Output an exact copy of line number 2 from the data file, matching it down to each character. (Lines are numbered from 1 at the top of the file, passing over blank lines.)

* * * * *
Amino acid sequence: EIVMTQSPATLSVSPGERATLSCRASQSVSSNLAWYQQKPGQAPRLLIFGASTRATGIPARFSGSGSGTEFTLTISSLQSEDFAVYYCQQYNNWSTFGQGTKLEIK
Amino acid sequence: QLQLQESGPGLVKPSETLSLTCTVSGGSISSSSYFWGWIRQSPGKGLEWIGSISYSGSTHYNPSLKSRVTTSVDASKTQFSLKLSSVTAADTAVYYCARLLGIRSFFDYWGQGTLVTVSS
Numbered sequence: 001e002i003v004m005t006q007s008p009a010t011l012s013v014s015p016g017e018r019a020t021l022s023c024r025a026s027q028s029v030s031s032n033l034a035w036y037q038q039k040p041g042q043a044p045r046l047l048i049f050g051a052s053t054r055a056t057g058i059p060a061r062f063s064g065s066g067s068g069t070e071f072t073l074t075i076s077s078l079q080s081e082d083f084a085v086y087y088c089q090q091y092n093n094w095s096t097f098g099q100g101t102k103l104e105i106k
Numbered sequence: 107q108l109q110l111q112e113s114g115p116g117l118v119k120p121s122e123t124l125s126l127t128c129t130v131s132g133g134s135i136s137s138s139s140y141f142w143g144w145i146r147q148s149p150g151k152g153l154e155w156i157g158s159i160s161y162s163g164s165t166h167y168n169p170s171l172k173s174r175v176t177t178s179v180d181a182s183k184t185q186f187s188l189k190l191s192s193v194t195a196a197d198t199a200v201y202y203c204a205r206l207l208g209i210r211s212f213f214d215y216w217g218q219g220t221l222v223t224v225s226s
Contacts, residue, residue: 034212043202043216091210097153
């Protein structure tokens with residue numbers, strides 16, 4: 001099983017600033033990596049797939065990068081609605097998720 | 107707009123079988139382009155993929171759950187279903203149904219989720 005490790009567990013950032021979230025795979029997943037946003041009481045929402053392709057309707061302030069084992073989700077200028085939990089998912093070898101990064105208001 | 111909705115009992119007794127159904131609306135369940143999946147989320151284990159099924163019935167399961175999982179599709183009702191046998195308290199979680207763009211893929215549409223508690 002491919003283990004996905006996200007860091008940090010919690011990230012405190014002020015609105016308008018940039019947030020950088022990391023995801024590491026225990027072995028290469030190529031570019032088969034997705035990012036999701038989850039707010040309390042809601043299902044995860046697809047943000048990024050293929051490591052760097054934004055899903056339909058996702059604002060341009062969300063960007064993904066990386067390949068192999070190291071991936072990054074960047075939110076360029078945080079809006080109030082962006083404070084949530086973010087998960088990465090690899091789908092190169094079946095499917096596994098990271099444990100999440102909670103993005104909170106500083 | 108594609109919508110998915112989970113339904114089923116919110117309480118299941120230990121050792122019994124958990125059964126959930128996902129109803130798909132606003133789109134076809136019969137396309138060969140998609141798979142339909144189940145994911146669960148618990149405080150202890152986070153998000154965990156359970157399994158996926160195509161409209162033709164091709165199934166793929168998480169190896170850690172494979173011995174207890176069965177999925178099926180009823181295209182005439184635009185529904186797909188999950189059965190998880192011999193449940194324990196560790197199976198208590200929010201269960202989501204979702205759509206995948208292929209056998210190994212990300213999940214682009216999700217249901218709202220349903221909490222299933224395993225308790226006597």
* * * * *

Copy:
Amino acid sequence: QLQLQESGPGLVKPSETLSLTCTVSGGSISSSSYFWGWIRQSPGKGLEWIGSISYSGSTHYNPSLKSRVTTSVDASKTQFSLKLSSVTAADTAVYYCARLLGIRSFFDYWGQGTLVTVSS